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Australia: Farmer’s son turned to urban farming after years in hospitality and IT industry

David Sivyer, Feedback Organic Recovery. Picture: Chris Brown.

Newcastle, New South Wale. The best thing about farming in the city and suburbs is that I’m so close to the beach, so close to friends.

By Melinda McMillan
Newcastle Star
Feb 22, 2017


What do you produce/grow/make? We are growing baby carrots and beets, mesclun mix, radishes, red Russian kale, cucumber, pumpkins and squash all on small farm within urban areas. Originally we started at Maryville at the old Hunter Valley Research Foundation but now farm on small patches in Cardiff and Wallsend.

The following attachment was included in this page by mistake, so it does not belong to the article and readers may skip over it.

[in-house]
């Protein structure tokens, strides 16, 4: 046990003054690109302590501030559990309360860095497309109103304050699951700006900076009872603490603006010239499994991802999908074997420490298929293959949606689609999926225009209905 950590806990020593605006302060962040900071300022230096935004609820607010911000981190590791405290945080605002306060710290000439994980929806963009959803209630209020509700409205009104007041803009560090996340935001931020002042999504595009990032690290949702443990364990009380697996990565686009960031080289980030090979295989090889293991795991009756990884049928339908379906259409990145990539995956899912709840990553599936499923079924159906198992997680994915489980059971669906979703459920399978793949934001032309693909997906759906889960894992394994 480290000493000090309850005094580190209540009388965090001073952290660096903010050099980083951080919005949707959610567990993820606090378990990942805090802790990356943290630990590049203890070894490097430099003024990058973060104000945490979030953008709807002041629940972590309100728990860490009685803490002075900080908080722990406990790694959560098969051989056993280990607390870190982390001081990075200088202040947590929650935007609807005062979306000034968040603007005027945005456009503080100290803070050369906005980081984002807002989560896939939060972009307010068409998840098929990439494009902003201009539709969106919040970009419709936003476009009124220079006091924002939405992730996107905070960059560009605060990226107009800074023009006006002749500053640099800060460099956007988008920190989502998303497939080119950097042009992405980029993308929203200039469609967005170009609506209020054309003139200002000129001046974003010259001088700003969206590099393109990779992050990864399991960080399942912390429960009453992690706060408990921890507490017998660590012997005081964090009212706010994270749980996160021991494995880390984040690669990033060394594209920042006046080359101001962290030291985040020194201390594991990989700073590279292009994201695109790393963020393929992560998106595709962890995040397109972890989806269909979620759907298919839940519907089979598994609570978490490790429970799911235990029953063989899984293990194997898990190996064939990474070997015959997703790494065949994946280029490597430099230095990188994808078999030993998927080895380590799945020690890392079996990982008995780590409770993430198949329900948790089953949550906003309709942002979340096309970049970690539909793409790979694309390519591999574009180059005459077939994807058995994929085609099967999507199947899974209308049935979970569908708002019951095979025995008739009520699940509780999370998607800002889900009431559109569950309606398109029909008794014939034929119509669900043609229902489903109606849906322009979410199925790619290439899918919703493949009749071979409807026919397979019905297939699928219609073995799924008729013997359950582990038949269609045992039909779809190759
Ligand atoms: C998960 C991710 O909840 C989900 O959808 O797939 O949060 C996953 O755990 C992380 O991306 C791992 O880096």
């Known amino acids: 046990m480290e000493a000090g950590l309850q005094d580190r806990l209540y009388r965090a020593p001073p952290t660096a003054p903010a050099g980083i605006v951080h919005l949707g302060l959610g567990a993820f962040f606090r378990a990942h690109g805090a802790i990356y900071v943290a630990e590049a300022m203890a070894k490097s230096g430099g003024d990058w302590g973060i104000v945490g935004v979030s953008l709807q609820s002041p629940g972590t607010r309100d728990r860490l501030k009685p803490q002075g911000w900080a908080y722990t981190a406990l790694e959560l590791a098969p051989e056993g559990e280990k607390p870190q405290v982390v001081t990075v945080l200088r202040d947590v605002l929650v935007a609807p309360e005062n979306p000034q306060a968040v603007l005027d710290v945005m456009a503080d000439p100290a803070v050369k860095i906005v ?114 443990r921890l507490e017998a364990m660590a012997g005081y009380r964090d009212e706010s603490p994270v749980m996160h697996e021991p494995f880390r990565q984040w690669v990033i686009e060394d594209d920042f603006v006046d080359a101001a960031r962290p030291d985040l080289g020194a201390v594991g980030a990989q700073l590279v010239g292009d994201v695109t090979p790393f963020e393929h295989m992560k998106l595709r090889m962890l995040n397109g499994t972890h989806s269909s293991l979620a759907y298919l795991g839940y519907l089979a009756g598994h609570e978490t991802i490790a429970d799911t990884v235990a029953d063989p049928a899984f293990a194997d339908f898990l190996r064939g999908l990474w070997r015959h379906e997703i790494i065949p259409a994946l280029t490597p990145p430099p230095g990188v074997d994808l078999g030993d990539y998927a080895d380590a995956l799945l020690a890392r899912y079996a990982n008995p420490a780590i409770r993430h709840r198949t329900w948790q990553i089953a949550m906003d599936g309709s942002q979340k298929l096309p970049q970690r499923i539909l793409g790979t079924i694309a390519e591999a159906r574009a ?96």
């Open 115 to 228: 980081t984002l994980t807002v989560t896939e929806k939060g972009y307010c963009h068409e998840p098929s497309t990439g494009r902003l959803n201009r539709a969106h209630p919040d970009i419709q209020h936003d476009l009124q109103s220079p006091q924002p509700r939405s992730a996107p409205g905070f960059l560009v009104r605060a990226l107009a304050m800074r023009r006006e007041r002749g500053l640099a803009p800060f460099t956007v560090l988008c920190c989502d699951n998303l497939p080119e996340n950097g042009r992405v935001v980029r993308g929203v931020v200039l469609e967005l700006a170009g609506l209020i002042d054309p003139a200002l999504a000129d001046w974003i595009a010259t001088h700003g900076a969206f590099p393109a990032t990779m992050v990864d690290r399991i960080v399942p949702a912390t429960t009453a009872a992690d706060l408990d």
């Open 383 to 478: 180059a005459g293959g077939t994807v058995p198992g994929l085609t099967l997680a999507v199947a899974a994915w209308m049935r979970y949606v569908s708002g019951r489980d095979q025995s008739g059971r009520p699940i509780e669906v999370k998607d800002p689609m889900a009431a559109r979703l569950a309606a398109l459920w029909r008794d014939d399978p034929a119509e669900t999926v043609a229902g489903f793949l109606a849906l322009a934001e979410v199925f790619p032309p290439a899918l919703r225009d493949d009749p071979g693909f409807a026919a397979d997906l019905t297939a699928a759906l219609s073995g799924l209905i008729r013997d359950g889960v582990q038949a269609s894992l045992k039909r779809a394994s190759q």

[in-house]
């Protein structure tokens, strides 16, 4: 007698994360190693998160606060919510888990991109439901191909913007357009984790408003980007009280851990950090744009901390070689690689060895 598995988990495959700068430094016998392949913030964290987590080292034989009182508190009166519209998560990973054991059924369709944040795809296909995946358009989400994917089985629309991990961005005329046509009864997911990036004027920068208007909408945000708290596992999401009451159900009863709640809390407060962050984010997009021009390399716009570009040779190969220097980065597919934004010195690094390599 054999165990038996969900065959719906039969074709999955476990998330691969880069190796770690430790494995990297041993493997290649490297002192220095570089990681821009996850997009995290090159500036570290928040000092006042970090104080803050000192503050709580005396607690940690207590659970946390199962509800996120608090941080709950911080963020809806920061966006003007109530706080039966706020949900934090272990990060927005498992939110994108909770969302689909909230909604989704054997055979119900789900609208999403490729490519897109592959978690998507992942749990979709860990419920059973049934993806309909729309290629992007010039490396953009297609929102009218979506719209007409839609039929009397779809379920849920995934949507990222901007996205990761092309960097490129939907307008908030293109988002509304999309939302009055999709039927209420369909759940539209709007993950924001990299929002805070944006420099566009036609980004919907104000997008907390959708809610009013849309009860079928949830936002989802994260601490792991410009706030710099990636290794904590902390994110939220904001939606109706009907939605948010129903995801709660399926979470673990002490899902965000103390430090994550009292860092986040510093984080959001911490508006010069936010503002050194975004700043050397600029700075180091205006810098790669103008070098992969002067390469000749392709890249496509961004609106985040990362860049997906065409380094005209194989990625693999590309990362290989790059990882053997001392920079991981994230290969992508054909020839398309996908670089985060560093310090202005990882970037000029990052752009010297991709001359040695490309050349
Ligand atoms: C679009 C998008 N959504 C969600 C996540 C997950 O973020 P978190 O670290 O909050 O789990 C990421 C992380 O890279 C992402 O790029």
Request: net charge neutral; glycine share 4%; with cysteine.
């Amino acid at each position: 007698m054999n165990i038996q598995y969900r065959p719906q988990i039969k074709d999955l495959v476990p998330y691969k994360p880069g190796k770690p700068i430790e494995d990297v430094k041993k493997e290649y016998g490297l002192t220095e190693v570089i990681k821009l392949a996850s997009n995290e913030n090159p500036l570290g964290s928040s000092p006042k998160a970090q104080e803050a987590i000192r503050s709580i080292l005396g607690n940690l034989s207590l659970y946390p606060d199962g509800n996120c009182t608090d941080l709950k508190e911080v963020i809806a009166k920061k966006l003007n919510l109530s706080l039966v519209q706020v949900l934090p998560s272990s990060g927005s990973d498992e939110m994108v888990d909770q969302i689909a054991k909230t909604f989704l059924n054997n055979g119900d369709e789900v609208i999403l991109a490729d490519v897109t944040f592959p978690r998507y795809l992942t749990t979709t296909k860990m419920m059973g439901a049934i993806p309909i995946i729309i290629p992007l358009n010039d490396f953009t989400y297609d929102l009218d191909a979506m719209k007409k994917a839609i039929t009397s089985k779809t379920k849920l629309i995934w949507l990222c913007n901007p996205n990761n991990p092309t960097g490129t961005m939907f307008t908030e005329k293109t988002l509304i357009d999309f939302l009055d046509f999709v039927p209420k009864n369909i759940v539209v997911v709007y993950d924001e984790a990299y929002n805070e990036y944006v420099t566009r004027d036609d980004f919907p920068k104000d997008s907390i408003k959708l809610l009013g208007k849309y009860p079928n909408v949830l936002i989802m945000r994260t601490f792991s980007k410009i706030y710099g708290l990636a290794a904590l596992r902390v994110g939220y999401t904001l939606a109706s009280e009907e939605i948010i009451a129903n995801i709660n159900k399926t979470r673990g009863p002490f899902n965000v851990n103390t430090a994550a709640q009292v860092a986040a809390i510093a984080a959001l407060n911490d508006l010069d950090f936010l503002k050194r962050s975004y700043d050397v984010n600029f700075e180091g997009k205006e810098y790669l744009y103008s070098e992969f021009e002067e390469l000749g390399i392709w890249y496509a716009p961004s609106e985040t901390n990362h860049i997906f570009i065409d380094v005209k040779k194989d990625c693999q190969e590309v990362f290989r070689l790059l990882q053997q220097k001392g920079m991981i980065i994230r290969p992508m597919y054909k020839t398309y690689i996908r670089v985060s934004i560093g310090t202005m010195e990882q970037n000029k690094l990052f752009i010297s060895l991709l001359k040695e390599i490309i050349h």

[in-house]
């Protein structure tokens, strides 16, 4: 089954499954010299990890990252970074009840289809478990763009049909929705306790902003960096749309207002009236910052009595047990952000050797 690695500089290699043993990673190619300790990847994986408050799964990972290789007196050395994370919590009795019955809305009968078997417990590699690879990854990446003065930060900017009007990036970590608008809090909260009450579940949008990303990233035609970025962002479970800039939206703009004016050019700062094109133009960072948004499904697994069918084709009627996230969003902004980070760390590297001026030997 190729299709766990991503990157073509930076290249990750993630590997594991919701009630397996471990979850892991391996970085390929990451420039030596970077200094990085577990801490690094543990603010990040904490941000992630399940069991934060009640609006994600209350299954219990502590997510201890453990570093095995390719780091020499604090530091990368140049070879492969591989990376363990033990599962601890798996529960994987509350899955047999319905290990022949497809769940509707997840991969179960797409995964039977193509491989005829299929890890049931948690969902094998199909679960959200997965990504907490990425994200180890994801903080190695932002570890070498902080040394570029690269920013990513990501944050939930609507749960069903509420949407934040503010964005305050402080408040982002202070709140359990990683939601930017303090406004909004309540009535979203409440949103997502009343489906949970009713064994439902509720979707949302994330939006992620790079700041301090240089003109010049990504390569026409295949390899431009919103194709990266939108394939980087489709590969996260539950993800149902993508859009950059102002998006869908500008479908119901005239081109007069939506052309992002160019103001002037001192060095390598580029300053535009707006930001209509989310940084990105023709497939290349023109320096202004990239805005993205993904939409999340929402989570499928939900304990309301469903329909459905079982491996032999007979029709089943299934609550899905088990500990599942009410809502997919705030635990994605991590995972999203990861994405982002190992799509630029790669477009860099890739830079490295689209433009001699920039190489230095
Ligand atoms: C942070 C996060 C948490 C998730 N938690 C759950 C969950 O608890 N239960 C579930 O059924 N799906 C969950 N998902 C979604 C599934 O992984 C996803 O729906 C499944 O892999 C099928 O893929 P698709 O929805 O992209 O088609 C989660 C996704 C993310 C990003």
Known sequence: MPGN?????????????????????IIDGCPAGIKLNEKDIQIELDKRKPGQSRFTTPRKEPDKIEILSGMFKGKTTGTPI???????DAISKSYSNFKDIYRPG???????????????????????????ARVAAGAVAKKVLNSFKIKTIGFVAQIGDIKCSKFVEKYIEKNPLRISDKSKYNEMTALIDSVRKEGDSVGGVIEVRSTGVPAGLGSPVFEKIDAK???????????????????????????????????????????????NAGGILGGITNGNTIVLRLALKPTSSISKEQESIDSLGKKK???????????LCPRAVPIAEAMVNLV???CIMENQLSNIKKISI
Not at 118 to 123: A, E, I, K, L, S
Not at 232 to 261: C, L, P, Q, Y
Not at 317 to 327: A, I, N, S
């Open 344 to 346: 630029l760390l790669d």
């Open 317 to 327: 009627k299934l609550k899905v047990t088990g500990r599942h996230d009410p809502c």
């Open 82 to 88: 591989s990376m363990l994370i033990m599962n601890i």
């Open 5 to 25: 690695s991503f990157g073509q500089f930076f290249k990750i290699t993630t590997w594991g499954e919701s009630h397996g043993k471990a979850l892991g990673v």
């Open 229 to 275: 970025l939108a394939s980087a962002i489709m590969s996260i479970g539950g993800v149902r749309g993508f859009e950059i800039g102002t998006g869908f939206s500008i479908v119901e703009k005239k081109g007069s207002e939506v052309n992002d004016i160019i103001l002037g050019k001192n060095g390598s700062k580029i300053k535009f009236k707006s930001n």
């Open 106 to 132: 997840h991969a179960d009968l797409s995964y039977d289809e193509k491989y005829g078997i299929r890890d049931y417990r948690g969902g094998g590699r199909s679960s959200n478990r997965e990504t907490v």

What do you want the world to know about your product? That it’s a circle, we collect organic waste from cafes and restaurants, compost it and then grow in urban spaces and produce food that goes back to the cafes and to the general public.

What is your life philosophy? It has certainly changed since I started, it has changed my behaviour. I now live in a zero waste household, I try to impact as little as possible, from simple changes like using a reusable takeaway coffee cup rather than a disposable one.

How long have you held a stall at the Newcastle City Farmers Market? About 3 years, originally with compost and above ground planters made from reclaimed timber but now we also sell our freshly harvested crops. We harvest on Saturdays and we sell at the Farmers every Sunday.

Read the complete article here.

More on this farmer here.